Family of Worker Killed in Factory Explosion Receives $2.7 Million

April 23, 2013

Work accident lawyers at Pintas & Mullins report that a jury in New Jersey recently awarded the family of a killed worker and several other injured employees more than $2.7 million. The explosion took place in 2008 at a metal casting plant.

1247058_chemical_plant_explosion.jpgThe man was 61-year-old Mario Gomez, a husband and father of five from Jersey City. He was instantly killed when a pressurized tank exploded in early 2008 at a Tec-Cast Inc. factory in Carlstadt. The explosion threw Gomez about 30 feet and injured nine other employees, three of them critically.

Tec-Cast manufactures small aluminum castings, and around 8 a.m. that morning, Gomez, a maintenance supervisor, was trying to repair a seal in a pressurized vat when the cast-iron door blew off. One worker of a nearby paint store stated that it sounded like a bomb had gone off, followed by cries for help.

It was unclear what caused the vat to explode, although a police captain said pressure buildup was likely to blame. Several workers suffered broken bones and severe cuts to the body. Some were taken to nearby medical centers for treatment. Gomez was set to retire in 2009. The jury awarded Gomez's family $1.4 million, and the remaining amount will go to the other injured workers.

Ten years prior, the Occupational Safety and Health Administration (OSHA) cited the Tec-Cast plant for multiple violations, resulting in a $6,000 fine. A second plant, located in Moonachie, passed OSHA inspections in October 2008 with no violations.

In related news, a fire recently broke out at an Exxon Mobil refinery in Beaumont, Texas. The blaze erupted in a process unit but was quickly brought under control. The Beaumont refinery processes nearly 350,000 barrels a day. About 12 employees were injured in the fire, six of them transported to nearby hospitals for treatment. The fire erupted in a unit that was down for maintenance.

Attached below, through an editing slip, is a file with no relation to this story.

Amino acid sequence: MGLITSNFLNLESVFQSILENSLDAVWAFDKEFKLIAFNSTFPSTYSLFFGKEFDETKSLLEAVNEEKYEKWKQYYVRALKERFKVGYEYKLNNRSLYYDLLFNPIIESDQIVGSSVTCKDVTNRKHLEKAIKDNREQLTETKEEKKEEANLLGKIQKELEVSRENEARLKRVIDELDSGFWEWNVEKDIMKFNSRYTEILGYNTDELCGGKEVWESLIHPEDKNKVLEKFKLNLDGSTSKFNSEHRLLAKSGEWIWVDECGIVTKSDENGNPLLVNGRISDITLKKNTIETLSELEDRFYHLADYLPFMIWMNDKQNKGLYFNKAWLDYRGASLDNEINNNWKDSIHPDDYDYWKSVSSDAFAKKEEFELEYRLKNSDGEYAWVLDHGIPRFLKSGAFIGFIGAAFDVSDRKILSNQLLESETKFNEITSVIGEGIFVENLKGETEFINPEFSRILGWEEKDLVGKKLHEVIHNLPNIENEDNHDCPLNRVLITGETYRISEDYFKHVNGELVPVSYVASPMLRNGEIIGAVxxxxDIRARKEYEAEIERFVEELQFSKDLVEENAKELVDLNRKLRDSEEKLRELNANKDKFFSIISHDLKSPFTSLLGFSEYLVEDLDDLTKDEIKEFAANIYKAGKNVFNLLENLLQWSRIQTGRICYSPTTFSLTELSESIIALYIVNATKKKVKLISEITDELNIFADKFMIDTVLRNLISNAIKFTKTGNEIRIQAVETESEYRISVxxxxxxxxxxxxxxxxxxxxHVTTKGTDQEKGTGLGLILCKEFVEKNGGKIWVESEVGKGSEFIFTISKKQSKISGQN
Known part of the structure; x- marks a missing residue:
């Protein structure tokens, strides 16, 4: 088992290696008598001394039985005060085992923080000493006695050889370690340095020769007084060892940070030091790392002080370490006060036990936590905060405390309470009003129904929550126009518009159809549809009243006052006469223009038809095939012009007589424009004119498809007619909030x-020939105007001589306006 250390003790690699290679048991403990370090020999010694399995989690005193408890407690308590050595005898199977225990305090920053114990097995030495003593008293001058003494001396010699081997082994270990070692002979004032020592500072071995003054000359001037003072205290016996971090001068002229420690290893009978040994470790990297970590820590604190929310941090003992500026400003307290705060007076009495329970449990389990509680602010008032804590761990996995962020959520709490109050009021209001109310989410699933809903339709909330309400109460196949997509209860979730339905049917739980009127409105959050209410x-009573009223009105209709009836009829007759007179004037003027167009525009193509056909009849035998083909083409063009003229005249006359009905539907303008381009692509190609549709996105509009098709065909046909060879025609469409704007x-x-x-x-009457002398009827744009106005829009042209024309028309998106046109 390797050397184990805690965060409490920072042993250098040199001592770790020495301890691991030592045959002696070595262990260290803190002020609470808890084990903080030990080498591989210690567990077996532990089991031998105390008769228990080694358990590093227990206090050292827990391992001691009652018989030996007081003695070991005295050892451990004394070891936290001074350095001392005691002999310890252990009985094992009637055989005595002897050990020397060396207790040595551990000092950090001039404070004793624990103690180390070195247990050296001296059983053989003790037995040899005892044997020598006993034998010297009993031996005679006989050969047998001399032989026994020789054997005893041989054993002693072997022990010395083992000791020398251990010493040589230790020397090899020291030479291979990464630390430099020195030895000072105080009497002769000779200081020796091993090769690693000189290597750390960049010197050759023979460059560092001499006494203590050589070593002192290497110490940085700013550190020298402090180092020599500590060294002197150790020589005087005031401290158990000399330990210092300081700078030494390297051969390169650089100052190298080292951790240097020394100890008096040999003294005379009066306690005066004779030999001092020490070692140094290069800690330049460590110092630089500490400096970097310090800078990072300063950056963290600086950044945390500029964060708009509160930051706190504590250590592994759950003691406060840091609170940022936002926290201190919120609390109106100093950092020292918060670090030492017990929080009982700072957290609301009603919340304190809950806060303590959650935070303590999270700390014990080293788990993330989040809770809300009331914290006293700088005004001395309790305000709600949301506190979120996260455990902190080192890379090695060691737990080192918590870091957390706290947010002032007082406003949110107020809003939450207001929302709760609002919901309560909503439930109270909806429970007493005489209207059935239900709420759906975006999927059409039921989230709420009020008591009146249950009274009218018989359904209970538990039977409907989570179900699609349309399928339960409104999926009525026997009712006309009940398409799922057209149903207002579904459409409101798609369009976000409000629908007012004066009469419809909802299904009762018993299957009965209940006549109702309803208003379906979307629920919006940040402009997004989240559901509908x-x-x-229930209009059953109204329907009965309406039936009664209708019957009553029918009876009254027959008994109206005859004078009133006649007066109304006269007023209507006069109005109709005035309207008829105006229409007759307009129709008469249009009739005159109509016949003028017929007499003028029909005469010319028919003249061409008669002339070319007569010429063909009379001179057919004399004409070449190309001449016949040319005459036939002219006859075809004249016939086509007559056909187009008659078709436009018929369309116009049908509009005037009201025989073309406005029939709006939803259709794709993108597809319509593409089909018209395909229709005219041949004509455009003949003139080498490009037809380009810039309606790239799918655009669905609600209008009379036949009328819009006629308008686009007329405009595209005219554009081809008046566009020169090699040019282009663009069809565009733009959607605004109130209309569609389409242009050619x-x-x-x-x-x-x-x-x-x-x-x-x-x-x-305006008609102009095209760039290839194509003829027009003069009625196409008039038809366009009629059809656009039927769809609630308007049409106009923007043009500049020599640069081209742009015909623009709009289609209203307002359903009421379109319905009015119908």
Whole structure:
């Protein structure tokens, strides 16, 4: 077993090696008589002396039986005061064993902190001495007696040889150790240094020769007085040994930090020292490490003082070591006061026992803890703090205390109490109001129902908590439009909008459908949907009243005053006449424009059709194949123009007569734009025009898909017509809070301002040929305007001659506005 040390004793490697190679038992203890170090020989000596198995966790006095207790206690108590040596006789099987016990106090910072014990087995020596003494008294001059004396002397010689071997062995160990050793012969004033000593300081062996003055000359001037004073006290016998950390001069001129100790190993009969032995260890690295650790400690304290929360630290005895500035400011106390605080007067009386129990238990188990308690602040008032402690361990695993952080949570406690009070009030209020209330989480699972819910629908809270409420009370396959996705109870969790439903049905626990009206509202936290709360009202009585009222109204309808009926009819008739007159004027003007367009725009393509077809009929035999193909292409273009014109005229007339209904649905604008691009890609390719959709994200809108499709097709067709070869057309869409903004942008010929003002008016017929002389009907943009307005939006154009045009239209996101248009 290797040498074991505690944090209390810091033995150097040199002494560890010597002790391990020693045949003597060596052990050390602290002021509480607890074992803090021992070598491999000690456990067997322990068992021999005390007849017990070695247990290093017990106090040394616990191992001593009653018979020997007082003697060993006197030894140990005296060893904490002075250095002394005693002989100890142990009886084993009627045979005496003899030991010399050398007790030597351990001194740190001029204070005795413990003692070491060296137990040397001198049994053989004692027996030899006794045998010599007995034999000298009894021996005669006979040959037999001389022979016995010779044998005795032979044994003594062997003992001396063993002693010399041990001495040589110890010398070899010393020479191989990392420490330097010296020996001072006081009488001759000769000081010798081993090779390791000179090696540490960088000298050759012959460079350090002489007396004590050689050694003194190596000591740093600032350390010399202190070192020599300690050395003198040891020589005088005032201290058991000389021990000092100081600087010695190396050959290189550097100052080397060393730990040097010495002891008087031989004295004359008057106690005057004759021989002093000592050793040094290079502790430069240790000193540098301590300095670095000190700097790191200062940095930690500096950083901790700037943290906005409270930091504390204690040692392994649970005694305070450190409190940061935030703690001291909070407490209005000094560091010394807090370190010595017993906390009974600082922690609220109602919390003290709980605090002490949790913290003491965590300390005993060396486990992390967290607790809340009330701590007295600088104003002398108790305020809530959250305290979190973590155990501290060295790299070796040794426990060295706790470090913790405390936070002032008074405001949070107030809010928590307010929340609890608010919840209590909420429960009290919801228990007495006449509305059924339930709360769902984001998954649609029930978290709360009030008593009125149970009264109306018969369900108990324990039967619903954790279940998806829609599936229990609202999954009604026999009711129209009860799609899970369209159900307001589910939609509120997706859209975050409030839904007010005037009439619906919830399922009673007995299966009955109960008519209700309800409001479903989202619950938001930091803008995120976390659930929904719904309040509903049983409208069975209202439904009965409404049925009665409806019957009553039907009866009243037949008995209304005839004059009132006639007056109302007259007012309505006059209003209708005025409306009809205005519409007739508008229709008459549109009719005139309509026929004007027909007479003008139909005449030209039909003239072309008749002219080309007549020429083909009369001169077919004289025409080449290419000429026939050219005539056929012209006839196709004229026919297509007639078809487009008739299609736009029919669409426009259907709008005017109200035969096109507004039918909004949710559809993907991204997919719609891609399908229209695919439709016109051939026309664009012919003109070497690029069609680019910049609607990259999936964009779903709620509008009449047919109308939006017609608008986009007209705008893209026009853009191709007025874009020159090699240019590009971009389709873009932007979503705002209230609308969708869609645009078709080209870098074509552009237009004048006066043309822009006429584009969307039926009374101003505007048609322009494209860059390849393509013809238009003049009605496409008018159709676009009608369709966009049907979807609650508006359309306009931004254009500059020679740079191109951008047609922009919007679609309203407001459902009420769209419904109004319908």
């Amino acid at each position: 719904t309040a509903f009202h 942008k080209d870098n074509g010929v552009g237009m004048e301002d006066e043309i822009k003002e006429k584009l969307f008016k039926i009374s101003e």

Another oil giant, BP, is currently facing a one billion dollar lawsuit filed by more than 470 people claiming they became sick after a 15-day gasoline leak. The mercaptan leak came from a storage tank in a BP refinery in Texas City in November 2011. The leak contained mercaptan, a gas often added to natural gas, along with sulfur dioxide, which is a toxic gas. The refinery has since been sold to Marathon Petroleum for $2.5 billion.

In 2005, 15 people were killed in an explosion at the Texas City refinery. In 2010, throughout most of April and May, the refinery released more than 17,000 pounds of benzene alone into the environment contaminating the Texas City community air. The leak lasted 40 days, and there is currently a $500 billion lawsuit pending in court because of it. Nearly 50,000 residents are suing BP in connection to the toxic pollution, their symptoms ranging from headaches to nose bleeds.

The fire caused the release of more than 20 different chemicals, including 190,000 pounds of carbon monoxide and 37,500 pounds of nitrogen oxides. Also in 2010, the Texas attorney general sued BP for several violations of the state's Clean Air Act, claiming the company had a pattern of unlawful and unnecessary emissions - 72 specifically, between 2005 and 2010.

Employment attorneys at Pintas & Mullins encourage anyone injured or unfairly treated while on the job to contact a skilled lawyer as soon as possible. You may be entitled to significant damages for any lost wages, medical bills, or emotional distress.